Education

From Nigeria to Hunts Point, and beyond

Barbara Huang

Kudirat Alimi standing in front of the Fort Apache mural she helped paint at The Point CDC.

The first thing you get when you meet Kudirat Alimi is what she calls the “Hyde introduction.” More than just a greeting, the introduction is a mini bio: name, age, address, birthplace, interests, activities. It comes naturally to Alimi now, but it wasn’t always that way. When she arrived at Hyde Leadership Charter School as a sixth grader, she could barely make eye contact with strangers.

But after countless Hyde introductions, her confidence grew and she was able to do more than make eye contact — she became one of the school’s star students and a community activist.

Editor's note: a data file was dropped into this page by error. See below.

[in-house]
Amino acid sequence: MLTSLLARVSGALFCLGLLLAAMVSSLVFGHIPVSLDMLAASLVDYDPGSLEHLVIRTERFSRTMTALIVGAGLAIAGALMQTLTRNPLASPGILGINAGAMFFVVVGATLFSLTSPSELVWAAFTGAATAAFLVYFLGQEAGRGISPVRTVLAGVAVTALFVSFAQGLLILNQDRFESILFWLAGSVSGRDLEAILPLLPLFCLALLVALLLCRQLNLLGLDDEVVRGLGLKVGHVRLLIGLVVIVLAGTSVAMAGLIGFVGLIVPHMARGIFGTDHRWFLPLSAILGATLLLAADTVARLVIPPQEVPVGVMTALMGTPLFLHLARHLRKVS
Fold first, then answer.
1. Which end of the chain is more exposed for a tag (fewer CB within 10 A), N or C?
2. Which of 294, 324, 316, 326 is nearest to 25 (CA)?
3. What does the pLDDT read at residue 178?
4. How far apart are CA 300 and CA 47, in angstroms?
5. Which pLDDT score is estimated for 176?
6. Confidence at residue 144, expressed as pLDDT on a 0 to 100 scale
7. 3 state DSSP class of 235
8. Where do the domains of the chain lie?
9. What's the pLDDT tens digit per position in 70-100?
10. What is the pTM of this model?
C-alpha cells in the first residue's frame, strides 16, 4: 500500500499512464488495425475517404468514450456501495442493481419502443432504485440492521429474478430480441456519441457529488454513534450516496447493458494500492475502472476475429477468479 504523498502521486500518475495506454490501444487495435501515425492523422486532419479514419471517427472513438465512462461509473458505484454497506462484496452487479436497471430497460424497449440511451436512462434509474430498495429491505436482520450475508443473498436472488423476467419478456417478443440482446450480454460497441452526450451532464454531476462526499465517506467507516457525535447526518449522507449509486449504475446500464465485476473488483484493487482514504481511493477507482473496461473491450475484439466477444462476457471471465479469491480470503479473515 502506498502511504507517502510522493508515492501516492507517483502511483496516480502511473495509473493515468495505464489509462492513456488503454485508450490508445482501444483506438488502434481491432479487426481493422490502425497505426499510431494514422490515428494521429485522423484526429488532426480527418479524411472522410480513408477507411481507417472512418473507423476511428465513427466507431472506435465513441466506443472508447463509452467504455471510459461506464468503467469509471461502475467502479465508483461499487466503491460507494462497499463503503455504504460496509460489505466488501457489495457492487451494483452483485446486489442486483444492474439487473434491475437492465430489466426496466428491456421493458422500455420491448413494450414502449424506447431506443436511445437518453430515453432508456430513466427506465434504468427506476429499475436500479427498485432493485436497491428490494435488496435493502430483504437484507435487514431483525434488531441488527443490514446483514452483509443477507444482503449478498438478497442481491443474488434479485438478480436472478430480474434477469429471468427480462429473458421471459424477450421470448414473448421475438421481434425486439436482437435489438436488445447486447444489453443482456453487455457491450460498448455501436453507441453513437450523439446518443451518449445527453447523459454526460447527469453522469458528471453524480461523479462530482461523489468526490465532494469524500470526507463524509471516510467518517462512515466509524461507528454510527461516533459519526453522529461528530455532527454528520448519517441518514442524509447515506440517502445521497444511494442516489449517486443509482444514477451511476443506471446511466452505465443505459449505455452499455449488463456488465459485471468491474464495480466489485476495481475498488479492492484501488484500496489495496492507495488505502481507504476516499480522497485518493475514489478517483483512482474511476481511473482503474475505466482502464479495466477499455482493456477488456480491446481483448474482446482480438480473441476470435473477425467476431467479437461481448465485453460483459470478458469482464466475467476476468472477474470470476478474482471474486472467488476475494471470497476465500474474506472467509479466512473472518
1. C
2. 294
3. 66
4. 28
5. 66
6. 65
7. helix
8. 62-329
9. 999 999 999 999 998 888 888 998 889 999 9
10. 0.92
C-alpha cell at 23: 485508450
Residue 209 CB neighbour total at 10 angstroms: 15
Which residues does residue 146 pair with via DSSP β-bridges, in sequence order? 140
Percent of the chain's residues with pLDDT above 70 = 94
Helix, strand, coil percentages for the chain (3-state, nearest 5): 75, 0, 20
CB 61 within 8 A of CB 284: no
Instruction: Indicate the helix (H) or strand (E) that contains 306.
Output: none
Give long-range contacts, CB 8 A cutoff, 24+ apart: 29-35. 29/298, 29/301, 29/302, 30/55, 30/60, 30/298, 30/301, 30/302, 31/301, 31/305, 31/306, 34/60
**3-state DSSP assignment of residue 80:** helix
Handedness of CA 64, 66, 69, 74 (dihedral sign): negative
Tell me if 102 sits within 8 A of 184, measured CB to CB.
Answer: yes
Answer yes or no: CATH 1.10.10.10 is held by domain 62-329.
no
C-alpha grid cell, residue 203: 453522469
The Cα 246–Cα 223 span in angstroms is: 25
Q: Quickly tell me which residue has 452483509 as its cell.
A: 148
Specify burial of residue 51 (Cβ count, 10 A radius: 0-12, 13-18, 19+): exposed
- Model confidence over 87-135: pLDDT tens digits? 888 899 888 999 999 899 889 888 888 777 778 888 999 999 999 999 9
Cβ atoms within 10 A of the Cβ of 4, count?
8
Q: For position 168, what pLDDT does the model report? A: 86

“I was sheltered for the majority of my life. But I would say that Hyde is pretty much the reason why I stepped out of my comfort zone,” said Alimi. Through her education at Hyde and the school’s connections with community based organizations, Alimi became socially conscious and active about the issues affecting her community.

And now, Alimi is about to graduate and is headed to the University of Wisconsin-Madison in the fall to study computer science and animation as a Posse scholar — one of 740 chosen this year to attend college tuition-free by the nationwide Posse Foundation. The program selects students from public high schools and looks beyond traditional admissions criteria, such as SAT scores, to single out high-performing students and future leaders. They are then grouped in posses, groups of 10, where they will support each other with the help of mentors throughout their college careers.